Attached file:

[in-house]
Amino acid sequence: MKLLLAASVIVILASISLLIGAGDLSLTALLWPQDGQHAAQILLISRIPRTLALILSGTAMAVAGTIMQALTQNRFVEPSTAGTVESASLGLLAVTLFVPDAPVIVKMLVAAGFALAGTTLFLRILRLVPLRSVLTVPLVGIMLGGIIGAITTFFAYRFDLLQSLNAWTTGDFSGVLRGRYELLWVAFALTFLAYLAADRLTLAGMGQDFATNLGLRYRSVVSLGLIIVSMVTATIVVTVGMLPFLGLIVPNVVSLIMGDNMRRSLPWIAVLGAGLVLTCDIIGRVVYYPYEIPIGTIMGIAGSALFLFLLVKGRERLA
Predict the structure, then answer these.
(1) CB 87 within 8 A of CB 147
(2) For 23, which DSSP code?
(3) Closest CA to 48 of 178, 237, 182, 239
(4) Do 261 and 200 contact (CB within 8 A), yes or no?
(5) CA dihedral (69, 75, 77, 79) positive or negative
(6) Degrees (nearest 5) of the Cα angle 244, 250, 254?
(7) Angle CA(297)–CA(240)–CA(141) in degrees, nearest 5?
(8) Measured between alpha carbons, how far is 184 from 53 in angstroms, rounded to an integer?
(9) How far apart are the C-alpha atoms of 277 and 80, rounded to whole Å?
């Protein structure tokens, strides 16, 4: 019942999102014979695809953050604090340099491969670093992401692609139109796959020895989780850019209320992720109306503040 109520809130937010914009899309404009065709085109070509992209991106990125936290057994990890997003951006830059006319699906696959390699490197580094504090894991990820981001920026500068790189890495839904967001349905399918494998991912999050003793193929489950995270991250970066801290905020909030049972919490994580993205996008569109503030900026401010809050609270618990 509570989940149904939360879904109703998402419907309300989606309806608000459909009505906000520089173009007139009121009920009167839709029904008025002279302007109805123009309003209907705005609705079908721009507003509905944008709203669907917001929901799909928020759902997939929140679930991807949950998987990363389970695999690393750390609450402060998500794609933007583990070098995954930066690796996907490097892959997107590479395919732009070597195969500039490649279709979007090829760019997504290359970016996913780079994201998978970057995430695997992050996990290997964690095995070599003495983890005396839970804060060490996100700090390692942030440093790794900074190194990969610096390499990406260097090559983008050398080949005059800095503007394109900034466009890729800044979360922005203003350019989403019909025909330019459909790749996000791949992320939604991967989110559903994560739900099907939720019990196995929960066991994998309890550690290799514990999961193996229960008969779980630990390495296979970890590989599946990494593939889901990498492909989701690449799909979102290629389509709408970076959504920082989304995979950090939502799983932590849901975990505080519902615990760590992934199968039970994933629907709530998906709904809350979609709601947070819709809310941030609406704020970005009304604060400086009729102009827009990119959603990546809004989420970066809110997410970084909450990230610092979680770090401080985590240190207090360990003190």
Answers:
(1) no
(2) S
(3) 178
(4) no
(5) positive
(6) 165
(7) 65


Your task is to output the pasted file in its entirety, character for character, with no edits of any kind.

[in-house]
Amino acid sequence: MKLLLAASVIVILASISLLIGAGDLSLTALLWPQDGQHAAQILLISRIPRTLALILSGTAMAVAGTIMQALTQNRFVEPSTAGTVESASLGLLAVTLFVPDAPVIVKMLVAAGFALAGTTLFLRILRLVPLRSVLTVPLVGIMLGGIIGAITTFFAYRFDLLQSLNAWTTGDFSGVLRGRYELLWVAFALTFLAYLAADRLTLAGMGQDFATNLGLRYRSVVSLGLIIVSMVTATIVVTVGMLPFLGLIVPNVVSLIMGDNMRRSLPWIAVLGAGLVLTCDIIGRVVYYPYEIPIGTIMGIAGSALFLFLLVKGRERLA
Predict the structure, then answer these.
(1) CB 87 within 8 A of CB 147
(2) For 23, which DSSP code?
(3) Closest CA to 48 of 178, 237, 182, 239
(4) Do 261 and 200 contact (CB within 8 A), yes or no?
(5) CA dihedral (69, 75, 77, 79) positive or negative
(6) Degrees (nearest 5) of the Cα angle 244, 250, 254?
(7) Angle CA(297)–CA(240)–CA(141) in degrees, nearest 5?
(8) Measured between alpha carbons, how far is 184 from 53 in angstroms, rounded to an integer?
(9) How far apart are the C-alpha atoms of 277 and 80, rounded to whole Å?
């Protein structure tokens, strides 16, 4: 019942999102014979695809953050604090340099491969670093992401692609139109796959020895989780850019209320992720109306503040 109520809130937010914009899309404009065709085109070509992209991106990125936290057994990890997003951006830059006319699906696959390699490197580094504090894991990820981001920026500068790189890495839904967001349905399918494998991912999050003793193929489950995270991250970066801290905020909030049972919490994580993205996008569109503030900026401010809050609270618990 509570989940149904939360879904109703998402419907309300989606309806608000459909009505906000520089173009007139009121009920009167839709029904008025002279302007109805123009309003209907705005609705079908721009507003509905944008709203669907917001929901799909928020759902997939929140679930991807949950998987990363389970695999690393750390609450402060998500794609933007583990070098995954930066690796996907490097892959997107590479395919732009070597195969500039490649279709979007090829760019997504290359970016996913780079994201998978970057995430695997992050996990290997964690095995070599003495983890005396839970804060060490996100700090390692942030440093790794900074190194990969610096390499990406260097090559983008050398080949005059800095503007394109900034466009890729800044979360922005203003350019989403019909025909330019459909790749996000791949992320939604991967989110559903994560739900099907939720019990196995929960066991994998309890550690290799514990999961193996229960008969779980630990390495296979970890590989599946990494593939889901990498492909989701690449799909979102290629389509709408970076959504920082989304995979950090939502799983932590849901975990505080519902615990760590992934199968039970994933629907709530998906709904809350979609709601947070819709809310941030609406704020970005009304604060400086009729102009827009990119959603990546809004989420970066809110997410970084909450990230610092979680770090401080985590240190207090360990003190």
Answers:
(1) no
(2) S
(3) 178
(4) no
(5) positive
(6) 165
(7) 65